“I think back to some advice Dale Jr. gave me a little over a year ago,” he said “I was like, ‘man, I’m so tired of racing for my life every lap, every practice, every qualifying session,’ and he said, ‘that’s when you’re at your best.’ That’s what we plan on doing the rest of the year.”

But that drive to finish out the season strong comes with another challenge. The fact that it’s known that employees across Stewart-Haas will be available for next season.

“We were talking the other day, (how) it might be hard just to get cars to the racetrack,” Briscoe continued. “People are leaving and it’s not like you’re going to just get someone to come work there, even on a short-term basis. Once people leave, they are not coming back. We already do it with way less people than the other four-car teams. It’s kind of scary, just knowing the position that we’re in, being right there on the cut line and all of our employees are essentially taking job interviews at other places. If those people want them to start, there’s nothing saying they can’t go ahead and start working there. It’ll be difficult as a company.”

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As for Berry, a Cup rookie, coming off of a third-place showing at Darlington Raceway, a 10th at Charlotte Motor Speedway Speedway, and also previously leading 25 laps earlier this year at Bristol Motor Speedway is seeking not just an opportunity to race at NASCAR’s top level. He hopes to do so with many of the same ones he has raced with on the No. 4 team this year, led by crew chief Rodney Childers.

“That’s without a doubt the No. 1 focus in mind right now, to find a way to keep racing with Rodney Childers and this core group,” Berry said. “Given everything we’ve been dealing with, we’ve been progressing and getting better week in and week out. The culture that Rodney has created here is second to none. I feel like I fit into that and we all mutually feel the same way.”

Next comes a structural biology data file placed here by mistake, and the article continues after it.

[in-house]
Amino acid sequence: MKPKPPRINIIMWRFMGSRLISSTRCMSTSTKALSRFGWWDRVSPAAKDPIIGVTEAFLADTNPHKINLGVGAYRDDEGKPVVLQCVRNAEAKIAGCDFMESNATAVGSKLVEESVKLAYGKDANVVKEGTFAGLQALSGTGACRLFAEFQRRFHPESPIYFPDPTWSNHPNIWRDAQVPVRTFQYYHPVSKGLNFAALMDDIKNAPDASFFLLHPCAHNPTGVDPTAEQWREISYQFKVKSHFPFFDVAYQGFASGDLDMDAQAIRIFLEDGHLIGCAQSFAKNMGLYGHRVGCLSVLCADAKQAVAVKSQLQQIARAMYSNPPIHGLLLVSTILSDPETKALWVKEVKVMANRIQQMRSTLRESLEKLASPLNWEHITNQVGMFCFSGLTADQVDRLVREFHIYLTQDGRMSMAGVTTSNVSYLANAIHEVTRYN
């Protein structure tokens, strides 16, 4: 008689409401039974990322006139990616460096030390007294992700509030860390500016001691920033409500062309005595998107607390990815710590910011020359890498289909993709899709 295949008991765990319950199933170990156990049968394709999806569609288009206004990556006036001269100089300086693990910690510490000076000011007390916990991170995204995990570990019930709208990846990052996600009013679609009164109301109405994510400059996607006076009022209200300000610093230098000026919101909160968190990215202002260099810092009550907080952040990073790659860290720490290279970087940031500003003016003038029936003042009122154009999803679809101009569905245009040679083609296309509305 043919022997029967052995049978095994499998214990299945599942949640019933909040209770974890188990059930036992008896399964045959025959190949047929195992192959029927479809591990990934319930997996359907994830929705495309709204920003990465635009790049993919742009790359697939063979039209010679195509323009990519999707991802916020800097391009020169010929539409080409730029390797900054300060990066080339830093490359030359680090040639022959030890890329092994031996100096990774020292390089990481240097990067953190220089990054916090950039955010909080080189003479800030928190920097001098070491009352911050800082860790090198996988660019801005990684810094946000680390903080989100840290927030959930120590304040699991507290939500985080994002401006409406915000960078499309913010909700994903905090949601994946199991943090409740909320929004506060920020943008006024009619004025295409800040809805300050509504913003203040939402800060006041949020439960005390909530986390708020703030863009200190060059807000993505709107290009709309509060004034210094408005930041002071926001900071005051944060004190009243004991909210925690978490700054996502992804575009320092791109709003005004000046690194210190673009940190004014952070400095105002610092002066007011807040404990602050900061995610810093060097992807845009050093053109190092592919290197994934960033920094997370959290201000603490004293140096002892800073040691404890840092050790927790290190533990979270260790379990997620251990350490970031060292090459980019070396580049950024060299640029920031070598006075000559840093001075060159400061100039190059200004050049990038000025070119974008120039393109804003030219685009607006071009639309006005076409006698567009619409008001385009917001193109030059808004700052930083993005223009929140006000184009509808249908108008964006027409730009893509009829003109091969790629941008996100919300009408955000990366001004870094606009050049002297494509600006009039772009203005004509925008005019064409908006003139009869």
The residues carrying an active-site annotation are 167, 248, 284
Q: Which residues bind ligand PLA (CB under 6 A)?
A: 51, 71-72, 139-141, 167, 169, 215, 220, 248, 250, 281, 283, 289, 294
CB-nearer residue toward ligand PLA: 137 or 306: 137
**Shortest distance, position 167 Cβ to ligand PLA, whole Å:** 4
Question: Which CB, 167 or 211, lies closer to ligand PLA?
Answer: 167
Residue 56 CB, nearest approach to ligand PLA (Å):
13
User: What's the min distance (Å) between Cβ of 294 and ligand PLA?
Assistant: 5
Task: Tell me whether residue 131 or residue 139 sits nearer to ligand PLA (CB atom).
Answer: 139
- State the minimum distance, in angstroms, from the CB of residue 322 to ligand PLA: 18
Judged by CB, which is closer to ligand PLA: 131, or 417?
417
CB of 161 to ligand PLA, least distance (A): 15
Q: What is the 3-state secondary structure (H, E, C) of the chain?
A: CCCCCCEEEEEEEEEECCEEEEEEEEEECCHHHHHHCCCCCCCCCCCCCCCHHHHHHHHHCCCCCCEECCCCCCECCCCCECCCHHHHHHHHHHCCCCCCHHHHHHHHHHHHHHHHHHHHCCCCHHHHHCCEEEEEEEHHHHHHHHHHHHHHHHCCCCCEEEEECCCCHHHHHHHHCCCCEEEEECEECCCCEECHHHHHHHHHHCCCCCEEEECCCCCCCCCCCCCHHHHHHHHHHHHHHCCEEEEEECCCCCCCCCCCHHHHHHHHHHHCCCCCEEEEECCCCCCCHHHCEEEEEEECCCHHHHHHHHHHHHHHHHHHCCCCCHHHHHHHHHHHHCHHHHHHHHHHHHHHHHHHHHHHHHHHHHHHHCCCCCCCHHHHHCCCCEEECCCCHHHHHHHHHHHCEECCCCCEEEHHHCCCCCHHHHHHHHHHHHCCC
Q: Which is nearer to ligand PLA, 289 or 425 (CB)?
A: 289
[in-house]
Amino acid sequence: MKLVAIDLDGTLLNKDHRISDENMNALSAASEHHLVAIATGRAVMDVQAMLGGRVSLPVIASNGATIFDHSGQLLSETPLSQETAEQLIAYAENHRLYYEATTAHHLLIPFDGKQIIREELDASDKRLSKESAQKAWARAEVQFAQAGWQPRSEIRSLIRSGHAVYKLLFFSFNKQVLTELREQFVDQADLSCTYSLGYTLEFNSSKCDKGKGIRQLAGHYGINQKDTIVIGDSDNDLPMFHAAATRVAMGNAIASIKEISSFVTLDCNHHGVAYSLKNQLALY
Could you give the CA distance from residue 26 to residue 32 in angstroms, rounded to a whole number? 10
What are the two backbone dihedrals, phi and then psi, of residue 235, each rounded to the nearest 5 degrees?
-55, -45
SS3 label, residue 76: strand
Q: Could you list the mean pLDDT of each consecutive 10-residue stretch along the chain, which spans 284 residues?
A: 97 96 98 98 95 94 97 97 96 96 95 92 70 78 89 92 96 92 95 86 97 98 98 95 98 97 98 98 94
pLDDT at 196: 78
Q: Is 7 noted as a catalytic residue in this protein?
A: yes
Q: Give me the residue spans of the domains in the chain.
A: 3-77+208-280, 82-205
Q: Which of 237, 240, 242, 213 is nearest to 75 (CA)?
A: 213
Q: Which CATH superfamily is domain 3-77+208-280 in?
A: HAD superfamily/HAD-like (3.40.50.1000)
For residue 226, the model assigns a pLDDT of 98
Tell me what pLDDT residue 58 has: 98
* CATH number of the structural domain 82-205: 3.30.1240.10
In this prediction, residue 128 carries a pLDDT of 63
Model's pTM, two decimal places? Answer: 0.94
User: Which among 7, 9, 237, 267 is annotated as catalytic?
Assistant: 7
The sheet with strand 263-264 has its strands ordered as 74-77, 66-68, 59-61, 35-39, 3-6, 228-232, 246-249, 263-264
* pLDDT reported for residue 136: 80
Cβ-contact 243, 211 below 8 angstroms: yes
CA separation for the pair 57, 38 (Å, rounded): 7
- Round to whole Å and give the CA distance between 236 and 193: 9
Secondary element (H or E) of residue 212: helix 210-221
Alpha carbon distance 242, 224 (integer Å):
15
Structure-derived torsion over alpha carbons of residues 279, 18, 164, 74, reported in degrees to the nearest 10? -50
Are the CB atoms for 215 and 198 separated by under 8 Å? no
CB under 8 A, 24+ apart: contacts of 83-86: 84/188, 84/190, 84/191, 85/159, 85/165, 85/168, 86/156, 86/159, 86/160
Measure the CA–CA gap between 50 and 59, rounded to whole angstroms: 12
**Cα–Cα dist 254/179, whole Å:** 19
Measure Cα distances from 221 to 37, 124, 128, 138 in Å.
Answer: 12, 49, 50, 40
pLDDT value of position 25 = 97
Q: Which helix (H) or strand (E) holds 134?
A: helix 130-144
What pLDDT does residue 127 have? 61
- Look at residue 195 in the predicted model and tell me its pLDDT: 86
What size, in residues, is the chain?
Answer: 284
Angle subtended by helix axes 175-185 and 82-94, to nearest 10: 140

Yes, racing in the remainder of 2024 not knowing where a driver may race next year can bring uncertainty. But for Berry, it’s hardly unchartered territory.

“As far I can remember, I have had to race for a job. My dad does not pay for me to race. I’ve had to work for every opportunity that I have gotten,” Berry said. “I’m thankful to have some amazing people in my life who have supported me and given me opportunities to race. From my side of things, nothing really changes. I’m going to keep racing hard, fighting, and doing everything I can to keep racing at this level.”

About the author

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Brad joined Frontstretch.com in 2020 and contributes to the site's 5 Points To Ponder column and other roles as needed. A graduate of the University of Georgia's Henry W. Grady School of Journalism and Mass Communication, he has covered sports in some capacity for more than 20 years with coverage including local high school sports, college athletics and minor league hockey. Brad has received multiple awards for his work from the Georgia Press Association.

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Bill B

Well, it’s either press on or just quit.
I’d guess they all want to get paid for the rest of the season while they’re looking for new jobs.


I’m with you on that one.